What has this study entailed?
When I first met Serge Benhayon I had a number of medical conditions and ailments such as:
- Hay fever
- Anxiety with occasional panic attacks
Also whilst I was ‘in life’ in that I worked full-time, long hours, I studied, and I had lots of friends and relatives…. I was craving to run away, and not engage in life – to the point I had considered living in a monastry.
I knew some things about my body e.g. that animal fur made me wheezy, some foods affected me (some made me feel sleepy, others made me feel racy), coffee and alcohol both made me feel very ill, I never got enough sleep or rest and that if I ever stopped rushing around for a moment I would feel panicky, anxious and desolate – so I kept on rushing. I had never stopped to consider – that my health was in my hands, and, that my body might actually have the answers to some of my woes and health issues.
Inspired by the presentations of Serge Benhayon, I started to observe myself, and I started to see that my health was indeed of my own making, and, that I had lived disempowered, not choosing to see just how much choice I had in the matter. I was so stunned by this that I decided to undertake a study to track some of the changes I made to the way I was living, as well as learning to live daily life as a student of life. I did many mini experiments: How did this food make me feel during and after eating it? Which beverages felt more supportive than others? What time did my body want to go to bed? Did some of the things I was doing (e.g. kick boxing or cycling) actually support my body – or not? Why was it I worried so much and what was the source of my incessant worrying?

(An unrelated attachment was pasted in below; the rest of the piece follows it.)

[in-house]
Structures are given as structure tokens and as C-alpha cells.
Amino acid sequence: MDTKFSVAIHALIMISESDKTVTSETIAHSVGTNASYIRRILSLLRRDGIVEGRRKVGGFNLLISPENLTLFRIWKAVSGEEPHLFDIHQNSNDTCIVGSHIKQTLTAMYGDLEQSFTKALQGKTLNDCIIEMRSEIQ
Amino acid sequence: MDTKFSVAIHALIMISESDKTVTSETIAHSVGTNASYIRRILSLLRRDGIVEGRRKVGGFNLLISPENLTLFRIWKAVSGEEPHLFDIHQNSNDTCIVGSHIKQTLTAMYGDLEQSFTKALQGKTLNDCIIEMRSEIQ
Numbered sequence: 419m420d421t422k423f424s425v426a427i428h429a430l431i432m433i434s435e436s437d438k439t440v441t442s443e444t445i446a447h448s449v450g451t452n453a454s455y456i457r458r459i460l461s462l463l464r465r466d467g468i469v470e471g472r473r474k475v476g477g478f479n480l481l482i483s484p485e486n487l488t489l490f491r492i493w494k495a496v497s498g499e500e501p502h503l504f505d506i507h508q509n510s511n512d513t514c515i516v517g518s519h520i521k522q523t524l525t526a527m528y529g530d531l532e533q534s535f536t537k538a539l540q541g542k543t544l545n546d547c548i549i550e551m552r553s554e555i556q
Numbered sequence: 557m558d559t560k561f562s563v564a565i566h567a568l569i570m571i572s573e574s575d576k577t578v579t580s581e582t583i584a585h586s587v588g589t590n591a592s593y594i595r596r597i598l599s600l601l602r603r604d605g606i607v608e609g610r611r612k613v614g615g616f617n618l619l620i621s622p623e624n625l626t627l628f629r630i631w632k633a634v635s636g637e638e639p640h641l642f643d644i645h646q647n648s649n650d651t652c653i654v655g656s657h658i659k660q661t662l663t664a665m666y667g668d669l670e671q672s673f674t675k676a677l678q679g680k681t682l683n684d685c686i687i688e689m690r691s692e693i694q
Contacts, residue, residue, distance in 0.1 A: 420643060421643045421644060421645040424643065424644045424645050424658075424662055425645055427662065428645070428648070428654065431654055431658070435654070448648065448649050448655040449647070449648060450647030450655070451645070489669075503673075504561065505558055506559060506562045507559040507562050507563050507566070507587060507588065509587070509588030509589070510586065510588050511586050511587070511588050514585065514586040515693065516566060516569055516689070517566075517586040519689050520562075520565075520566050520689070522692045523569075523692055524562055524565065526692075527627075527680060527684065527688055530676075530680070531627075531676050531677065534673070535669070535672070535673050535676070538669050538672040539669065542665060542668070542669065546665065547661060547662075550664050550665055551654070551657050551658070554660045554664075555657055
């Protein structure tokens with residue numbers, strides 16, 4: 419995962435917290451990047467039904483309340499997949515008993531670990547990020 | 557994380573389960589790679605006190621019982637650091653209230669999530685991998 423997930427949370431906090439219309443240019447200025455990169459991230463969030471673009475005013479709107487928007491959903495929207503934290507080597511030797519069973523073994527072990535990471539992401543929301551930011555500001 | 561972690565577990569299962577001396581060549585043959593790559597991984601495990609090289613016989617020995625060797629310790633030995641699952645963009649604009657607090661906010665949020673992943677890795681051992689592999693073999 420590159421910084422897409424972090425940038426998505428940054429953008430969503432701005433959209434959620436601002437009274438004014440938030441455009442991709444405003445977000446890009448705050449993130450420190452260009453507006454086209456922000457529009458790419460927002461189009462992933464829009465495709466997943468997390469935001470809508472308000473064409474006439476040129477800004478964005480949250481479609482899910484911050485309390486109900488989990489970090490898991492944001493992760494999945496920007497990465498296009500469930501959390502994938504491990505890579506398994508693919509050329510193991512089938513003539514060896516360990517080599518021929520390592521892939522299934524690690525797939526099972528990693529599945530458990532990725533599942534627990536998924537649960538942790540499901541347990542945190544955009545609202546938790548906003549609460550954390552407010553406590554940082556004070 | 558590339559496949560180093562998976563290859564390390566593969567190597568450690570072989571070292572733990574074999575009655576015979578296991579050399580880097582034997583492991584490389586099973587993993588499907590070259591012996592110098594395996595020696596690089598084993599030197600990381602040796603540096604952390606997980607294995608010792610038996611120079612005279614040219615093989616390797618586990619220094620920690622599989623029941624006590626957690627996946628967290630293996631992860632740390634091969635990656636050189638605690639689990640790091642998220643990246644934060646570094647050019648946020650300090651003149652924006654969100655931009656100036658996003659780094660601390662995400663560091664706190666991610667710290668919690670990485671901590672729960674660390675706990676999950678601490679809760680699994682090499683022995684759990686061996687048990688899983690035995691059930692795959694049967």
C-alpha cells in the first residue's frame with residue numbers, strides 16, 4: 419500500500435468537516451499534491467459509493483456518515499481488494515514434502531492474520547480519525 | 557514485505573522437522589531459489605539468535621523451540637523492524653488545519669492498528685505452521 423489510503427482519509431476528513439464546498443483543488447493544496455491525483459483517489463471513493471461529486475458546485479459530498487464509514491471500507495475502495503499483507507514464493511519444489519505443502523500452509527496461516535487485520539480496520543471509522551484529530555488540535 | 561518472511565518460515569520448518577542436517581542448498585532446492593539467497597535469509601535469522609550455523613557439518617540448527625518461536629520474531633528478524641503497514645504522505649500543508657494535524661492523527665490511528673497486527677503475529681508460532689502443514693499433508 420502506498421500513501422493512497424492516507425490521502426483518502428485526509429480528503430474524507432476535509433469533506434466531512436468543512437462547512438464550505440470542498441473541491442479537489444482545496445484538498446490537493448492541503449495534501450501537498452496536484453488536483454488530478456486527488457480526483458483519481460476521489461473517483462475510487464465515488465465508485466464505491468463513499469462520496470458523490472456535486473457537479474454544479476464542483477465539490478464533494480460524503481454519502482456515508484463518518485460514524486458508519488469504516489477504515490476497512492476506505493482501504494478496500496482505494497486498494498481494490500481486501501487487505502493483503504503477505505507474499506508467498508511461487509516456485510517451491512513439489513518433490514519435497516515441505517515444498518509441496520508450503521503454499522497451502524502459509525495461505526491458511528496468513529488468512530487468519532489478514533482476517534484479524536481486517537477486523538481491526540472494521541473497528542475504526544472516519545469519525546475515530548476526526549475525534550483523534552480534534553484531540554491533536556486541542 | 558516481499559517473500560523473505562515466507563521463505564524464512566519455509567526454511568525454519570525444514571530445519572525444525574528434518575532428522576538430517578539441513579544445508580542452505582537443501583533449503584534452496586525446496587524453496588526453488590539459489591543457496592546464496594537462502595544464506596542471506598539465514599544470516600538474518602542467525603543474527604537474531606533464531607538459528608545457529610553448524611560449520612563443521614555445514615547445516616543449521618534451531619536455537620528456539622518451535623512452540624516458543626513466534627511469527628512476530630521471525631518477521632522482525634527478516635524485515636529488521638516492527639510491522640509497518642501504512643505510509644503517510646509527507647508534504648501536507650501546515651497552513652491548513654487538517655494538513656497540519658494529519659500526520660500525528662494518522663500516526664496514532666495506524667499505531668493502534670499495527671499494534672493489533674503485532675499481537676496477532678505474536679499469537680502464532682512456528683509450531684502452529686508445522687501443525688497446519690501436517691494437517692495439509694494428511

When did I feel I wanted to run for the hills away from people – e.g. when I had not given myself any space in my daily life as I was always trying to fix and support others. Did my shoes feel truly supportive? Did I wear the clothes I wore to support me – or because I wanted to look a certain way? Did I even breathe my own breath? (6) And, did I truly know who I was (7)?
Over these last 15 years this has been the most interesting and life changing study, and continues to be so every day. Yes, I have a clearer sense of who I am, when I am breathing my own breath. I also understand foods and beverages that do or don’t support me, I know when my body needs to go to bed, and I have stopped things that don’t support me such as running and cycling, and I walk or swim instead for exercise. For every one of these choices I have a ‘before, during and after’ – my very own anecdotal evidence of how and why these choices work for me and how my body responds – to the extent that all the medical conditions and ailments I had have now dissipated and I feel the most well that I have ever done and I am in my mid-fifties.
More so, whilst I continue to collect, collate, and read studies and articles about lifestyle, health, wellbeing etc., I know that whilst something may be said to be ‘evidence-based’ or have been a ‘randomised control study’ that my body knows what is best for it – and no study, article, research could tell me otherwise. So, whilst it is great to read and learn from all the available research, some of which advances us all and truly serves, here’s to longitudinal studies – of our own body, as, it does not contradict itself, it does indeed know what is best for us – and more so, it cares deeply.